139. MORAN, Thomas (after). The Transept, Kaibab Division, Grand Cañon An Amphitheater of the Second Order. [below neat line]: Julius Bien & Co. Lith. [upper left above neat line]: United States Geological Survey [upper right above neat line]: The Grand Cañon District. Atlas Sheet XVIII. [New York, 1882]. Lithograph on tinted ground. Neat line to neat line: 45.6 x 72.5 cm. Vertical crease where formerly folded in atlas, slight abrasion and tear at lower center and a few small, closed tears in lower blank margin, otherwise fine, professionally backed.
This major icon of the Grand Canyon is from the official government report of the first in-depth geological survey of the Grand Canyon. Rumsey Image No. 4713020. The lithograph, variously attributed to William Henry Holmes or Thomas Moran, appeared in Atlas to Accompany the Monograph on the Tertiary History of the Grand Canon District By Captain Clarence E. Dutton (Washington, 1882), the index of which attributes the scene to Moran. For more on the atlas, see: Farquhar, Books of the Colorado River & the Grand Canyon 73: “One of the greatest, if not the very greatest of all Grand Canyon books... The atlas, containing the superb panoramic views by William H. Holmes and a drawing by Thomas Moran, is a rich portfolio of art as well as maps and an exposition of geology.” Miles & Reese, Depicting America 40. Phillips, Atlases 1471. The team assembled to carry out the survey included some exceptional men of science and art: William Henry Holmes (artist-topographer), Clarence E. Dutton (scientist), and Jack Hilliers, the photographer. Moran did not accompany the Dutton expedition, although he was with the earlier Hayden and Powell expeditions to the Grand Canyon. Nevertheless, this one image was used here, possibly prepared for lithography by William Henry Holmes, about whom Goetzmann and Goetzmann wax eloquently (see Chapter 16, The West of the Imagination). Lithographer Julius Bien is well known for his double-elephant chromolithographs from Audubon’s copper plates. “Bien will always be remembered chiefly as the first great scientific cartographer in the United States” (Peters, America on Stone, p. 94).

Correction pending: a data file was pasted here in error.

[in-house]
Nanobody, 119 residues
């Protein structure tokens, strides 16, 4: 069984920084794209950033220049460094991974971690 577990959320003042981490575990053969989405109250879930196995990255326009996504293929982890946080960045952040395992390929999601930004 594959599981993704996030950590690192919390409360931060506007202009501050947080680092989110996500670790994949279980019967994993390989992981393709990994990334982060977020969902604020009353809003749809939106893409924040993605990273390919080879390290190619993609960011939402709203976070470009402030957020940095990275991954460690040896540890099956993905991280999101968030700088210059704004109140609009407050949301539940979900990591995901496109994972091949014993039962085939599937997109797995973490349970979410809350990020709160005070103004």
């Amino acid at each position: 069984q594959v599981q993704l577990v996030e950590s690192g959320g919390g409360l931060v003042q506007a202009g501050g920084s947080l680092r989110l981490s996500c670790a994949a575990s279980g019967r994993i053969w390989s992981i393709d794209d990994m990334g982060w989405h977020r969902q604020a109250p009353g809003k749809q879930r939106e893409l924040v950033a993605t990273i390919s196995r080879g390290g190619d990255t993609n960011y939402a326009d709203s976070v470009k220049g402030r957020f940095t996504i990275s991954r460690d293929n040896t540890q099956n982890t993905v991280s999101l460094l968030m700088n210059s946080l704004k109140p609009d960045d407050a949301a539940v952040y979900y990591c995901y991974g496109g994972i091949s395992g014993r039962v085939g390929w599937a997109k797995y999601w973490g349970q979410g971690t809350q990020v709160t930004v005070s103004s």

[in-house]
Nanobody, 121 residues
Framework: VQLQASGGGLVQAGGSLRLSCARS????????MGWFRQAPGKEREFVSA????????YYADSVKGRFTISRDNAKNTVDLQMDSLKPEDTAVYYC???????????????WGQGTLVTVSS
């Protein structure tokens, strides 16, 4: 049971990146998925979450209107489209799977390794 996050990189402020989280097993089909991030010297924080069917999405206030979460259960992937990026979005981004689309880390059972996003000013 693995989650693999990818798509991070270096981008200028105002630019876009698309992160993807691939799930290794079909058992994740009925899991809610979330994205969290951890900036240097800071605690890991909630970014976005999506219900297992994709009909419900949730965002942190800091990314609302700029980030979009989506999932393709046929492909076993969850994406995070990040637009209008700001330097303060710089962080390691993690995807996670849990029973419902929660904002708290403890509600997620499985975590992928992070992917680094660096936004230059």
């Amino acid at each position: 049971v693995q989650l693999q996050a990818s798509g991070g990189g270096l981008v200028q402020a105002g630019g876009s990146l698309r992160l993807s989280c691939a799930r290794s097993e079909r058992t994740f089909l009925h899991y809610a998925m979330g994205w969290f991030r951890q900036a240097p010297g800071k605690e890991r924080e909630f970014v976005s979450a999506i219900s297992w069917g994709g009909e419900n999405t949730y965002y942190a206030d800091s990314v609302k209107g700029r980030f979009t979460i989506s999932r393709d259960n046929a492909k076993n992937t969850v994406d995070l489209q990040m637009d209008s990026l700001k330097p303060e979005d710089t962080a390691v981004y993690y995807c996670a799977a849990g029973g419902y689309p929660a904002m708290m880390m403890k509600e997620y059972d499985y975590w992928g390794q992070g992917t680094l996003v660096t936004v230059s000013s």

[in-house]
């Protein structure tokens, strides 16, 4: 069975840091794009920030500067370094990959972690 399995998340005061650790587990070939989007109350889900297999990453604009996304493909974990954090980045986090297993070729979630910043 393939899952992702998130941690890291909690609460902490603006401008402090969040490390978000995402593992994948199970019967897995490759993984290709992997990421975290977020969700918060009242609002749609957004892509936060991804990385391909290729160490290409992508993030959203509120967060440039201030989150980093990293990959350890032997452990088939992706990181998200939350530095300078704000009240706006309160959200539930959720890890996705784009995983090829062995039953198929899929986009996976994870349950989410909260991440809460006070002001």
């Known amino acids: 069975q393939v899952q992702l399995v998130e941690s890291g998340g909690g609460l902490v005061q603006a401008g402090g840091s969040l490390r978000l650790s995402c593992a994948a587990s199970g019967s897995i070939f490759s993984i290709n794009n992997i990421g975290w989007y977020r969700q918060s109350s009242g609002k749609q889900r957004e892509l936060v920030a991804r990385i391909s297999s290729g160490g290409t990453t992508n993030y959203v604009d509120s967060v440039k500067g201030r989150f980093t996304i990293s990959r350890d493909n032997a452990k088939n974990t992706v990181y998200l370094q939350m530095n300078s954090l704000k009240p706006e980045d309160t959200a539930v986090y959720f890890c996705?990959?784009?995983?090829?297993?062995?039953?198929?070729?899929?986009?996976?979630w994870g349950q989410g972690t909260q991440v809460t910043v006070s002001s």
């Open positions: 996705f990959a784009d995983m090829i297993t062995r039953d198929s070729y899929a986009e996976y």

English-born artist Thomas Moran (1837-1926), in views such as this one and his later large paintings, was singularly responsible for the public’s conception of what the West was really like. Although the paintings are not necessarily prized for their scientific and geological accuracy, they nevertheless, in a way rarely achieved since, conveyed an emotional and visceral sense of the wonders that awaited those who would journey to the area. His depictions were instrumental in the decision establishing Yellowstone as a national park and in protecting other Western areas. ($900-1,800)
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